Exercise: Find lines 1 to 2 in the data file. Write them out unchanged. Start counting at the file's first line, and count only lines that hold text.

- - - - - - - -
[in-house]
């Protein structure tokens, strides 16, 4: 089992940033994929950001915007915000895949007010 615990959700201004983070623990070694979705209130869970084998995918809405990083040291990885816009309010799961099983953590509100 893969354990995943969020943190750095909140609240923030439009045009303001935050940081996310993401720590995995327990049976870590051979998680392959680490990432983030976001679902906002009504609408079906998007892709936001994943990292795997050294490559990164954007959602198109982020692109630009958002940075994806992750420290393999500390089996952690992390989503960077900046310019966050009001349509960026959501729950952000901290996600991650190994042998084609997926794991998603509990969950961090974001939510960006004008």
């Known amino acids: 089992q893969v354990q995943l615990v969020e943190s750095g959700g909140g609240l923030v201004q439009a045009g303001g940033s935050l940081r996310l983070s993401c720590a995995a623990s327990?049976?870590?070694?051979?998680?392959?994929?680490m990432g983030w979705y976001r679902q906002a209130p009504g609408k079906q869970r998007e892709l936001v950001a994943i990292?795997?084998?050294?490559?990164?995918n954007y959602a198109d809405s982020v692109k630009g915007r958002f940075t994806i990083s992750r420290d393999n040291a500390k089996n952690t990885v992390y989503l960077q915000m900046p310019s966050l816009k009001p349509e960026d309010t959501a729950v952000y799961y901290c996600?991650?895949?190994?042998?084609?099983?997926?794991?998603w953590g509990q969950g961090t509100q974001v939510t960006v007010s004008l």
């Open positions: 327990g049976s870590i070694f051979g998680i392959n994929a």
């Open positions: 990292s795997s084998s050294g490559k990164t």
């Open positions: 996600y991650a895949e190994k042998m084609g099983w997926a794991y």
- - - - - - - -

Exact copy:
[in-house]
């Protein structure tokens, strides 16, 4: 089992940033994929950001915007915000895949007010 615990959700201004983070623990070694979705209130869970084998995918809405990083040291990885816009309010799961099983953590509100 893969354990995943969020943190750095909140609240923030439009045009303001935050940081996310993401720590995995327990049976870590051979998680392959680490990432983030976001679902906002009504609408079906998007892709936001994943990292795997050294490559990164954007959602198109982020692109630009958002940075994806992750420290393999500390089996952690992390989503960077900046310019966050009001349509960026959501729950952000901290996600991650190994042998084609997926794991998603509990969950961090974001939510960006004008």